The new Prime Minister has taken office during a historic economic, political, and social crisis for the UK and world economies. Just days ago, Russia’s president, Vladimir Putin, shut down the Nord Stream One pipeline carrying gas to Germany – and said that the pipeline would not be reopened until sanctions against Russia are removed. Since that is highly unlikely while the war is going on, the knock-on effects of high energy prices and perhaps an increase in them over the winter – depending on how severe it is – will persist over the next few years.
To give some further context, three overarching crises face the world economy:
– the lingering effects of the supply chain disruption created by the pandemic
– the Russian invasion of Ukraine has disrupted food and energy supplies to the world
– the use of energy as a weapon of war by Russia.
UK feels the effects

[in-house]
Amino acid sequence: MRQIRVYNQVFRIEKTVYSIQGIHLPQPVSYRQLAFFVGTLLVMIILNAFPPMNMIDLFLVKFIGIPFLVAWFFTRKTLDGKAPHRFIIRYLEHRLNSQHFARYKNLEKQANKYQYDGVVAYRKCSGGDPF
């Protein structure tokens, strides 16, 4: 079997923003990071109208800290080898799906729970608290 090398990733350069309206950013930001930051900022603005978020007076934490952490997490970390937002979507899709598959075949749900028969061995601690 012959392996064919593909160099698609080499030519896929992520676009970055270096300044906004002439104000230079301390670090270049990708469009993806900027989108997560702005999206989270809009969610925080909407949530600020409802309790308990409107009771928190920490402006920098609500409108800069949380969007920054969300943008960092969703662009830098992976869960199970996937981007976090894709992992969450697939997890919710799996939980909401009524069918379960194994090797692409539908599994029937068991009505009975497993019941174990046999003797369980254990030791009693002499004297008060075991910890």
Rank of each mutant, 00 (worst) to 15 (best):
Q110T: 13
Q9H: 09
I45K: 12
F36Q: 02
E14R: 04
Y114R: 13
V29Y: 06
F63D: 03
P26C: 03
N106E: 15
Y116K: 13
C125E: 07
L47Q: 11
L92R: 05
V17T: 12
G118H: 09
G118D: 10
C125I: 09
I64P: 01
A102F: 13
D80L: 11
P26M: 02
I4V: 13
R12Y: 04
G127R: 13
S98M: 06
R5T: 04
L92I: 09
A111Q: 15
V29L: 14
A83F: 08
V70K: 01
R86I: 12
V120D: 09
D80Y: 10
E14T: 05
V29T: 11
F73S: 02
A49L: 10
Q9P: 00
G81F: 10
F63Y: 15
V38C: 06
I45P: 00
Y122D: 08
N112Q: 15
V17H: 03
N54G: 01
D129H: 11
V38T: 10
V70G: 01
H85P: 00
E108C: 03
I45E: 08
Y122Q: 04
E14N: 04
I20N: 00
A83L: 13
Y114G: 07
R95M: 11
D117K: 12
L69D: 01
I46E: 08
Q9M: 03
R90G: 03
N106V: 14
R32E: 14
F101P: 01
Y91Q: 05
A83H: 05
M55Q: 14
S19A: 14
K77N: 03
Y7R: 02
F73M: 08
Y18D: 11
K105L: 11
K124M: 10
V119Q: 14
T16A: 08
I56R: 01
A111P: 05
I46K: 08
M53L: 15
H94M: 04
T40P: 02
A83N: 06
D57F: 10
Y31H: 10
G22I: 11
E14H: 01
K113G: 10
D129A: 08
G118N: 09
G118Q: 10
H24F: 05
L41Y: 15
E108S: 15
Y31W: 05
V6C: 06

The UK economy has barely recovered from the downturn created by the pandemic – it just about reached its 2019 pre-pandemic peak in Q1 of 2022 – but the Bank of England is already forecasting that there will be another recession. It predicts that it will last for five quarters, beginning from Q4 of this year with a drop of 2% in GDP over the period. In other words, after the pandemic of 2019, the UK economy will be smaller in 2024 – and perhaps 2025 – than in 2020. By any measure, that implies a substantial social, political, and economic shock.
It will undeniably leave people poorer on average than they would otherwise have been. Taking the annual average long-term growth rate of 2¼% pa implies that in 2024, the UK economy will be ten percentage points smaller than it otherwise would have been, and this loss of GDP is around £224bn.
PM under pressure
All this at a time when it has an ageing population with attendant pressures on care and NHS spending required to look after that ageing population. Even if the calculations are imprecise, there’s no question that the UK will lose approximately four to five years of output. And that is fuelling social, economic, and political pressure to do something about it.